133. “Authors and Readers in the Eighteenth Century” – II (Society for the History of Authorship, Reading, and Publishing —SHARP) Pecos

135. “Poetry and the Archive” (Roundtable) Blanco

139. “A Digital Humanities Experiment, Year One: Aphra Behn Online” (Roundtable) Regency East

144. “Copyright: Contexts and Contests” (The Bibliographical Society of America) Frios

Saturday, March 24, 2012

145. “Allan Ramsay: Poet, Printer, Editor, Song Collector, Scots Revivalist” Guadalupe

149. “Publishing the Past: History and Eighteenth-Century Print Culture” – I Frio

170. Publishing the Past: History and Eighteenth-Century Print Culture” – II Frio

207. “The Scottish Invention of English Copyright” Pecan

Text Creation Partnership makes 18th century texts freely available to the public

April 25, 2011

This announcement is making the rounds of listservs and the like, and it should be of interest to emob readers:

(Ann Arbor, MI—April 25, 2011) — The University of Michigan Library announced the opening to the public of 2,229 searchable keyed-text editions of books from Eighteenth Century Collections Online (ECCO). ECCO is an important research database that includes every significant English-language and foreign-language title printed in the United Kingdom during the 18th century, along with thousands of important works from the Americas. ECCO contains more than 32 million pages of text and over 205,000 individual volumes, all fully searchable. ECCO is published by Gale, part of Cengage Learning.

The Text Creation Partnership (TCP) produced the 2,229 keyed texts in collaboration with Gale, which provided page images for keying and is permitting the release of the keyed texts in support of the Library’s commitment to the creation of open access cultural heritage archives. Gale has been a generous partner, according to Maria Bonn, Associate University Librarian for Publishing. “Gale’s support for the TCP’s ECCO project will enhance the research experience for 18th century scholars and students around the world.”

Laura Mandell, Professor of English and Digital Humanities at Miami University of Ohio, says, “The 2,229 ECCO texts that have been typed by the Text Creation Partnership, from Pope’s Essay on Man to a ‘Discourse addressed to an Infidel Mathematician,’ are gems.”

Mandell, a key collaborator on 18thConnect, an online resource initiative in 18th century studies, says that the TCP is “a groundbreaking partnership that is creating the highest quality 18th century scholarship in digital form.”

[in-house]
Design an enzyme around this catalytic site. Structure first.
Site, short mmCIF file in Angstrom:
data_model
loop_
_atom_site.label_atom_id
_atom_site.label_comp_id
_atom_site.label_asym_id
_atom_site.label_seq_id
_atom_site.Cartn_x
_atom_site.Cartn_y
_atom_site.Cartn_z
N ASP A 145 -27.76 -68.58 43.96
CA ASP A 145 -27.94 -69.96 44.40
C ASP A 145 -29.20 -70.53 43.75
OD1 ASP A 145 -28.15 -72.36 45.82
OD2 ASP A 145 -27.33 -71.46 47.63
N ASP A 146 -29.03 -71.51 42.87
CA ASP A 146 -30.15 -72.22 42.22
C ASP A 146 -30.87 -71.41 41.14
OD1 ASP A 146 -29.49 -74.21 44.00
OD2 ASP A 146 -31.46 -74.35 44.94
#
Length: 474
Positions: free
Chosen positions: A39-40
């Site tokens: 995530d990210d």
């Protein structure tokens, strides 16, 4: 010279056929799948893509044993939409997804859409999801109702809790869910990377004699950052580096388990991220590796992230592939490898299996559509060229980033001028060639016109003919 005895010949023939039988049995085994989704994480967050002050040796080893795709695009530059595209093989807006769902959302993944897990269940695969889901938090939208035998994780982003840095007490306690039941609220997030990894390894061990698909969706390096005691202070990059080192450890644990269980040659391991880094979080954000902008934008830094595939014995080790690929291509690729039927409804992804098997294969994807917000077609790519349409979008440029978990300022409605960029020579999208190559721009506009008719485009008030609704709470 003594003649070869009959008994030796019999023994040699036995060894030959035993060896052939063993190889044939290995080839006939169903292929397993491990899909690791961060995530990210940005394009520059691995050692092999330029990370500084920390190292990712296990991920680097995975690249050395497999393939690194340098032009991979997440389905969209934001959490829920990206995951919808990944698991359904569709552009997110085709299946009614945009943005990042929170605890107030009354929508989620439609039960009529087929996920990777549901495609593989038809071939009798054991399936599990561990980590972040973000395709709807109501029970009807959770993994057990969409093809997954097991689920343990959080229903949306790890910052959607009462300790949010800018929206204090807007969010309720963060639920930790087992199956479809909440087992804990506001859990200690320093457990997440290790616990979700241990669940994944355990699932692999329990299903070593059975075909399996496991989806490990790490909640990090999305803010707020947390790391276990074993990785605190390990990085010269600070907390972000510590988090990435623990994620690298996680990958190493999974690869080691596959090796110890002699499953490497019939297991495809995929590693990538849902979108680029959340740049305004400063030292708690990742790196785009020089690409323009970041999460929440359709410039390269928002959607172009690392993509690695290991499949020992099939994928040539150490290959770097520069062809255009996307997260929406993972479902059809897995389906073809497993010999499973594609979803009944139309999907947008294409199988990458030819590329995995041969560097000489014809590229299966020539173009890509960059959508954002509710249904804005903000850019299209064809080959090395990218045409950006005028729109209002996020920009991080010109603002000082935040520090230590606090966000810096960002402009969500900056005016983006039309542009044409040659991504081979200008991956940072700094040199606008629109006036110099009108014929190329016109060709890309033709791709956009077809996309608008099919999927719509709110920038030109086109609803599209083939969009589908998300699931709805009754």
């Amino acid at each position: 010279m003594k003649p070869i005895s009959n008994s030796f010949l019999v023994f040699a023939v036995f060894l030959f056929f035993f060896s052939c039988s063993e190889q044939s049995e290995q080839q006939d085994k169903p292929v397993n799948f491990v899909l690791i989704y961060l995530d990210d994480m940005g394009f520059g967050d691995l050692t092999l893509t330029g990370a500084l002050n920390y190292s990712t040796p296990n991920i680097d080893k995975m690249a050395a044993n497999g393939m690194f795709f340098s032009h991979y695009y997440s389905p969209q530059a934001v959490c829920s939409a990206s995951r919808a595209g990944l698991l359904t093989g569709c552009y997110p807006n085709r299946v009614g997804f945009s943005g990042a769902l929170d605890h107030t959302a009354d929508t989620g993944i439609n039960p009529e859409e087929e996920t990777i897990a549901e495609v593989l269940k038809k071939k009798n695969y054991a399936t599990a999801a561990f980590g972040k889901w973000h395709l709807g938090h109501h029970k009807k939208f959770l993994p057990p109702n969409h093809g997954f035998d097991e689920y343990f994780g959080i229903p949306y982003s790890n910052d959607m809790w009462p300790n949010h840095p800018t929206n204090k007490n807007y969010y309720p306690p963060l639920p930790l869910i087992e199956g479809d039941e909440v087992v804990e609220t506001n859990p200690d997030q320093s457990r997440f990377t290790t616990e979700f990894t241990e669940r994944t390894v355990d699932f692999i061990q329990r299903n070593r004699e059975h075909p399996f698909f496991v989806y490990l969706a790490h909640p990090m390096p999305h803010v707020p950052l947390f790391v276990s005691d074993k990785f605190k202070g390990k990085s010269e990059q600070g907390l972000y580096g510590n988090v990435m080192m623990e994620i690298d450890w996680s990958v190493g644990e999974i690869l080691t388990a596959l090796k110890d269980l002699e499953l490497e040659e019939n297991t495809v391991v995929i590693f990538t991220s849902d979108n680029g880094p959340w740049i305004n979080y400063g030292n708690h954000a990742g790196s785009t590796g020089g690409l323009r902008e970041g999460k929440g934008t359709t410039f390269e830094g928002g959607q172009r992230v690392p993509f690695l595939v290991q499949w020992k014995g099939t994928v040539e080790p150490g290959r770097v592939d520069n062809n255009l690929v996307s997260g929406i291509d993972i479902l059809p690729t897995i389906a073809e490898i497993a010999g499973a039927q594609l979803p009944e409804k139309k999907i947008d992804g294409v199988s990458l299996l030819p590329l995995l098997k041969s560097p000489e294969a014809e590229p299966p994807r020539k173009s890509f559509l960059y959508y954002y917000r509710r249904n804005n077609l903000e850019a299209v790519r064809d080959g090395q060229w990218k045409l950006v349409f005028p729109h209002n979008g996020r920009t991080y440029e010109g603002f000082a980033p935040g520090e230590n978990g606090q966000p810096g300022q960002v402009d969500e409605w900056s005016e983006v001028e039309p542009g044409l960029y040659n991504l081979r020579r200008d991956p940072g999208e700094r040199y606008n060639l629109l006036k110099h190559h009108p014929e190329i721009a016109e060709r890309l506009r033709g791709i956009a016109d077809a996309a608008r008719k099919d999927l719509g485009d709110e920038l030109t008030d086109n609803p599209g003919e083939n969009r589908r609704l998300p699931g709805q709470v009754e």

This announcement marks another milestone in the work of the TCP, a partnership between the University of Michigan and Oxford University, which since 1999 has collaborated with scholars, commercial publishers, and university libraries to produce scholar-ready (that is, TEI-compliant, SGML/XML enhanced) text editions of works from digital image collections, including ECCO, Early English Books Online (EEBO) from ProQuest, and Evans Early American Imprint from Readex.

The TCP has also just published 4,180 texts from the second phase of its EEBO project, having already converted 25,355 books in its first phase, leaving 39,000 yet to be keyed and encoded. According to Ari Friedlander, TCP Outreach Coordinator, the EEBO-TCP project is much larger than ECCO-TCP because pre-1700 works are more difficult to capture with optical character recognition (OCR) than ECCO’s 18th-century texts, and therefore depend entirely on the TCP’s manual conversion for the creation of fully searchable editions.

Friedlander explains that, for a limited period, the EEBO-TCP digital editions are available only to subscribers—ten years from their initial release—as per TCP’s agreement with the publisher. Eventually all TCP-created titles will be freely available to scholars, researchers, and readers everywhere under the Creative Commons Public Domain Mark (PDM).

Paul Courant, University Librarian and Dean of Libraries, says that large projects such as those undertaken by the TCP are only possible when the full range of library, scholarly, and publishing resources are brought together. “The TCP illustrates the dynamic role played by today’s academic research library in encouraging library collaboration, forging public/private partnerships, and ensuring open access to our shared cultural and scholarly record.”

More than 125 libraries participate in the TCP, as does the Joint Information Systems (JISC), which represents many British libraries and educational institutions.

To learn more about the Text Creation Partnership, visit http://www.lib.umich.edu/tcp. To learn more about ECCO, visit http://gdc.gale.com/products/eighteenth-century-collections-online/